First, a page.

– U.S. stocks inched lower Friday as bond yields jumped, a shift that helped banks but hurt companies that pay big dividends. The dollar fell after President Donald Trump said China is manipulating its currency.

Companies including Microsoft and Honeywell rose as investors were pleased with their quarterly reports, but General Electric stumbled. Stocks wobbled all week as investors reacted to solid company results as well as heightened trade tensions. The S&P 500 index was virtually flat for the week while the Russell 2000 index, which is made up of smaller companies that do more business inside the U.S., rose 0.6 percent.

In the last two days Trump criticized the Federal Reserve for raising interest rates, said he’s willing to put tariffs on all U.S. imports from China, and said China, the European Union and others are harming the U.S. by weakening their currencies and reducing interest rates. Stocks weren’t affected, but the dollar declined and short-term bond yields slipped, suggesting investors wondered if the Fed might raise interest rates more slowly.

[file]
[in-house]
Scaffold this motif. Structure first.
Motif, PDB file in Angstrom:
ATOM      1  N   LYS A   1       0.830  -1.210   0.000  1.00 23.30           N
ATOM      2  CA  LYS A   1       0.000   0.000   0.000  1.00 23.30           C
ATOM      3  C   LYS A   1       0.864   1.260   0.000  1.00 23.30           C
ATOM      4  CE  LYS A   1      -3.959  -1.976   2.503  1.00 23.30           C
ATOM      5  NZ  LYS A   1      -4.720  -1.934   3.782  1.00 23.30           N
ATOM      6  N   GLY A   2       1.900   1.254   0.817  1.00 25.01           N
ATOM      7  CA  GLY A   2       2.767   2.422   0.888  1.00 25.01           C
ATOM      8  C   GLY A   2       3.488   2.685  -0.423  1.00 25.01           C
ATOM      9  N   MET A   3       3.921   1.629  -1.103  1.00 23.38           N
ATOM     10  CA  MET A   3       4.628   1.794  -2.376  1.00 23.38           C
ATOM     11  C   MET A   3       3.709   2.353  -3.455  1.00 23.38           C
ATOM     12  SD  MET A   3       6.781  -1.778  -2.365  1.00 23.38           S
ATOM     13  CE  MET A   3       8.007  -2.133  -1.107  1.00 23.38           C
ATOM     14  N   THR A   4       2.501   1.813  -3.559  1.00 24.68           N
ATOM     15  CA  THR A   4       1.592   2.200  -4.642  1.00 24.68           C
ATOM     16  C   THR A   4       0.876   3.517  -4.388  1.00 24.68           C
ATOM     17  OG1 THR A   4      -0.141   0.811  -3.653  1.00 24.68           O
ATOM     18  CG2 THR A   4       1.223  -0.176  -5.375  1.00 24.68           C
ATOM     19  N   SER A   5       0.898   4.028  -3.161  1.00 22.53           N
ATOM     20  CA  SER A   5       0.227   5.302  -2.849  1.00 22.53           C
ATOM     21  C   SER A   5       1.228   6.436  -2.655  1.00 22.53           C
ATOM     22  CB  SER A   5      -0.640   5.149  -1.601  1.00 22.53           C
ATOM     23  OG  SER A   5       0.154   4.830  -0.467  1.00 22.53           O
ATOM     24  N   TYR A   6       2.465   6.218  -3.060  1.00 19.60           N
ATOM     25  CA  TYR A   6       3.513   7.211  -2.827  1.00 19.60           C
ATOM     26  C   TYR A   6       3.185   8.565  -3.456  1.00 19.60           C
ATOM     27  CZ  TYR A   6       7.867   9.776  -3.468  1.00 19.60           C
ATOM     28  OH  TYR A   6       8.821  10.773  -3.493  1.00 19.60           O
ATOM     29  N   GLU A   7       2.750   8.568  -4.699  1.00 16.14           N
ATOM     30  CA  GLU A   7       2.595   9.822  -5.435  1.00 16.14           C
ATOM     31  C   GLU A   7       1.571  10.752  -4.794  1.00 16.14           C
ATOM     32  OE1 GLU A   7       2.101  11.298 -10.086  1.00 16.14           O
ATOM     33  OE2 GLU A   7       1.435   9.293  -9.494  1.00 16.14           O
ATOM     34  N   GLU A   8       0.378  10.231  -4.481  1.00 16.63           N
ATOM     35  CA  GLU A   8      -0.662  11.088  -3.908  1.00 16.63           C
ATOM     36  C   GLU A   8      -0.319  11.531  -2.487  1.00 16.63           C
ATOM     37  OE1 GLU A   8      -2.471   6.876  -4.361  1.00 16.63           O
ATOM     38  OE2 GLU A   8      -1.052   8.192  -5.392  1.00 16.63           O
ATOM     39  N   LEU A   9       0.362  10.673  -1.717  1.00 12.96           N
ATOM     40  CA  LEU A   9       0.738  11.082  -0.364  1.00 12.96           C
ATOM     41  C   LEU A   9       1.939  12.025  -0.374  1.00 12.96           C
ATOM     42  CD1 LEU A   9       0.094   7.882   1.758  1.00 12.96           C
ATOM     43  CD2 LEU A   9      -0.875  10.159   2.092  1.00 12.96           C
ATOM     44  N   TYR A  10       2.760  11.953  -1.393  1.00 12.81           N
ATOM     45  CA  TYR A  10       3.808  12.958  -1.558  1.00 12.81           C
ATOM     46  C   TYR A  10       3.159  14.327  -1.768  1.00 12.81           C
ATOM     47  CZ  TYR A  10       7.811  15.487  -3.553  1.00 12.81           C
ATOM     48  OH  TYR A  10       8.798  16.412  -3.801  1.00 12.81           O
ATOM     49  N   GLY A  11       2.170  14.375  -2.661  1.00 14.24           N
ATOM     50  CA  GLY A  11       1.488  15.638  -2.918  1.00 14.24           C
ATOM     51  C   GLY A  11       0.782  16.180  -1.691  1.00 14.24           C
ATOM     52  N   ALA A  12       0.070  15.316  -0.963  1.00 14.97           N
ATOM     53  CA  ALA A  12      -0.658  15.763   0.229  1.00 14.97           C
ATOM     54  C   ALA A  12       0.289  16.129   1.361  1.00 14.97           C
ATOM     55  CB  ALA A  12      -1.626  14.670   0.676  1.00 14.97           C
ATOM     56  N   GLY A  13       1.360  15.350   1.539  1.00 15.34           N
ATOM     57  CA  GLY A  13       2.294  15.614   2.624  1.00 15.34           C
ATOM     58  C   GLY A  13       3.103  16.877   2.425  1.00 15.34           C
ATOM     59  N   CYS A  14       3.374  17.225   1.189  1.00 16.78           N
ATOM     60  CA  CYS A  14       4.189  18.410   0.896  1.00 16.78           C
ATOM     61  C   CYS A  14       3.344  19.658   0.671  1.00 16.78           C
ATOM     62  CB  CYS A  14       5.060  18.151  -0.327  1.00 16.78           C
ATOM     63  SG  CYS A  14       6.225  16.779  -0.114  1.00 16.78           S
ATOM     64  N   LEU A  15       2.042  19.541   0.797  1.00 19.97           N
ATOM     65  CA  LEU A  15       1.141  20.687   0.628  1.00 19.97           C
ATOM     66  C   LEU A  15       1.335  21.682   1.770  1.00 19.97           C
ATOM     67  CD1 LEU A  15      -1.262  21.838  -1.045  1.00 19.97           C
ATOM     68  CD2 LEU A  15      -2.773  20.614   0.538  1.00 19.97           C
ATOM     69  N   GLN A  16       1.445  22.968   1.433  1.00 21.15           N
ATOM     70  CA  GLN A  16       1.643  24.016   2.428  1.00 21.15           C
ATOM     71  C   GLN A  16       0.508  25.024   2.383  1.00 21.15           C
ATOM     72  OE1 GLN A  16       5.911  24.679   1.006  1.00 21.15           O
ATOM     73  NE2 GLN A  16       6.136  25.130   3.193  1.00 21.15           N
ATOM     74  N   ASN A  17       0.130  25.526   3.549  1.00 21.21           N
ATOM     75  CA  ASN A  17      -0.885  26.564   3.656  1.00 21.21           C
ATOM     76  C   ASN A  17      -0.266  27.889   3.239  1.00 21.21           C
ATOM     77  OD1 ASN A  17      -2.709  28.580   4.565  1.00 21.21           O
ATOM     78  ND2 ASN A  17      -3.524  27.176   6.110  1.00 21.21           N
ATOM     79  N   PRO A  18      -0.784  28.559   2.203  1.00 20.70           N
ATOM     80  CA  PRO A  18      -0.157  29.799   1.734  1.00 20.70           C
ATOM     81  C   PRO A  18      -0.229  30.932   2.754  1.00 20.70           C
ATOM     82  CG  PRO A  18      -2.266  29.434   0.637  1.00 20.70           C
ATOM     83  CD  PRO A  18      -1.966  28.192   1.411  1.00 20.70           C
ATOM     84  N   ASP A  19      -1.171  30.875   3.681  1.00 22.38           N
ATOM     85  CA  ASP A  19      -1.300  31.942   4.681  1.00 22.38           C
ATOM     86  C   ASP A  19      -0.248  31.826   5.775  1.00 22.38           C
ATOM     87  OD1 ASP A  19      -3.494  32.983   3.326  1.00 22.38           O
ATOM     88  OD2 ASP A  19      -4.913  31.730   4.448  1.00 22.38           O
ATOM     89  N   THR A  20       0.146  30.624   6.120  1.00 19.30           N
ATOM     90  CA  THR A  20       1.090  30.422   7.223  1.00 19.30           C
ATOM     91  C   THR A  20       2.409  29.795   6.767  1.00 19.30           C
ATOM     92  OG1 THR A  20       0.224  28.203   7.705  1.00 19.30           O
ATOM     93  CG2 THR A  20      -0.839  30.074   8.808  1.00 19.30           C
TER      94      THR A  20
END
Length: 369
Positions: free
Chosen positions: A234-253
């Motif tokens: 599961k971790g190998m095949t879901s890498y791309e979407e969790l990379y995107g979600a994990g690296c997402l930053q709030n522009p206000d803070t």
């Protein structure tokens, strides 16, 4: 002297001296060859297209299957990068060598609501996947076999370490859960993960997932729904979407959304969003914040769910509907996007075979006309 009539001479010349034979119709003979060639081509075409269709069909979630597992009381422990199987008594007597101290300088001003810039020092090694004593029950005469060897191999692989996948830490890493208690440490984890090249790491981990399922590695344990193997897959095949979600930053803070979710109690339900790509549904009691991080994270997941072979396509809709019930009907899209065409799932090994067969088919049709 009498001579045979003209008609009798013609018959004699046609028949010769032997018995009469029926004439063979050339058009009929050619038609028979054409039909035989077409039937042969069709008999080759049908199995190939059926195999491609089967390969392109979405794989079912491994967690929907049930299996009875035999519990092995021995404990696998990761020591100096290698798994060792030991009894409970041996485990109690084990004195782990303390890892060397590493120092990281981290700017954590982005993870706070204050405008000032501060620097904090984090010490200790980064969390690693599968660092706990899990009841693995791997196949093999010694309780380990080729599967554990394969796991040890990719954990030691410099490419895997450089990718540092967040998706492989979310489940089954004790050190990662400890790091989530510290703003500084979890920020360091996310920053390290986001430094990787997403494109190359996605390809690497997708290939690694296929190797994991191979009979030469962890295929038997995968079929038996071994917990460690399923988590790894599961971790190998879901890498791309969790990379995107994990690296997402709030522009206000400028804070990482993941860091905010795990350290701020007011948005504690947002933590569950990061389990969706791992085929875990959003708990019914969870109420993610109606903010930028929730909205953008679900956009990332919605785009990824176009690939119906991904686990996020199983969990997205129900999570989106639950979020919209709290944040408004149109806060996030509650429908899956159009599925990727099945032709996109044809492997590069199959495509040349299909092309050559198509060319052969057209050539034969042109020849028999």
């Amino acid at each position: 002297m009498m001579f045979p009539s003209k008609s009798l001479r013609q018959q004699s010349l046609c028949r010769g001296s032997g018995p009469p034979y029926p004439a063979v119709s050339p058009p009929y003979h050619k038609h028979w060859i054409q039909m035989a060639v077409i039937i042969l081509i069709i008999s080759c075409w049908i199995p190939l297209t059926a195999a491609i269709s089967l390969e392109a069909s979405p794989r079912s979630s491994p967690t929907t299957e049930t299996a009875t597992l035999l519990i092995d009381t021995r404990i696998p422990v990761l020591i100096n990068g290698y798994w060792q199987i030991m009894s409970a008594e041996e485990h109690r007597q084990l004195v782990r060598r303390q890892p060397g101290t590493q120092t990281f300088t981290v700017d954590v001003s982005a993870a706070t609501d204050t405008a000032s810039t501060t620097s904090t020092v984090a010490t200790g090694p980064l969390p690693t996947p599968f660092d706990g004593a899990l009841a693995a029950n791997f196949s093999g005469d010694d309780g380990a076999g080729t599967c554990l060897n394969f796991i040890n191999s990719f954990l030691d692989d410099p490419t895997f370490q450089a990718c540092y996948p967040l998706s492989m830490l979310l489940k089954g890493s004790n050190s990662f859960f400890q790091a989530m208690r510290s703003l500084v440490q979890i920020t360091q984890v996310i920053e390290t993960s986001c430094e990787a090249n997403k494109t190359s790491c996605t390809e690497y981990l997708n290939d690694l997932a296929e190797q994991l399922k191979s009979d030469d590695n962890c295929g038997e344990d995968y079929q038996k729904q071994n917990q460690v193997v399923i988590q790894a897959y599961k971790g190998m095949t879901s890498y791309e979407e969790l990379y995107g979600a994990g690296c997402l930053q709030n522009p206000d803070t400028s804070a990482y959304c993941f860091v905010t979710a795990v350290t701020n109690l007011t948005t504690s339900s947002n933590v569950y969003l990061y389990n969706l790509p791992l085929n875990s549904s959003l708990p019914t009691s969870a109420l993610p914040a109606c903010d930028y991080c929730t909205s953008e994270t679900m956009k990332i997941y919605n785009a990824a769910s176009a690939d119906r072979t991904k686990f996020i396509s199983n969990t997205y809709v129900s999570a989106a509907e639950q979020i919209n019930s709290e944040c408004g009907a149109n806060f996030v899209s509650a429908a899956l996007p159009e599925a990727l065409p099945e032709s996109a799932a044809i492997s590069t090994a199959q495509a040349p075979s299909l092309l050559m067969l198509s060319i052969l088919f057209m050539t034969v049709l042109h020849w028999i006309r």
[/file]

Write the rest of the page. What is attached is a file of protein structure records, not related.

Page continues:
“If there’s a tossup between raising and not raising [rates], you wonder what role these types of comments might possibly play,” said Sameer Samana, a strategist for the Wells Fargo Investment Institute.

Samana said he doesn’t think the Fed will make big changes to its policies based on Trump’s comments, even if the president starts advocating more forcefully for lower rates. But it’s something investors will have to think about.

“We think the Fed has independence and they’ll continue to do the right thing,” he said. “This is one more item that just creates noise in markets.”

The S&P 500 index dipped 2.66 points, or 0.1 percent, to 2,801.83. The Dow Jones industrial average lost 6.38 points to 25,058.12. The Nasdaq composite gave up 5.10 points, or 0.1 percent, to 7,820.20. The Russell 2000 index of smaller-company stocks fell 4.50 points, or 0.3 percent, to 1,696.81.

Short-term bond yields inched higher. The yield on the two-year Treasury note rose to 2.60 percent from 2.59 percent.

In a taped interview with CNBC, Trump said “I’m willing to go to 500,” referring roughly to the $505.5 billion in goods the U.S. imported last year from China. Earlier this month the U.S. placed import taxes on $34 billion in goods imported from China and Beijing responded in kind. The Trump administration is considering tariffs on another $200 billion in goods.

The People’s Bank of China weakened the country’s currency against the dollar on Friday. If the yuan continues to depreciate, goods exported to China will become more expensive to consumers there and Chinese exports would also be relatively cheaper. That could balance out suggested increases in tariffs by the Trump Administration.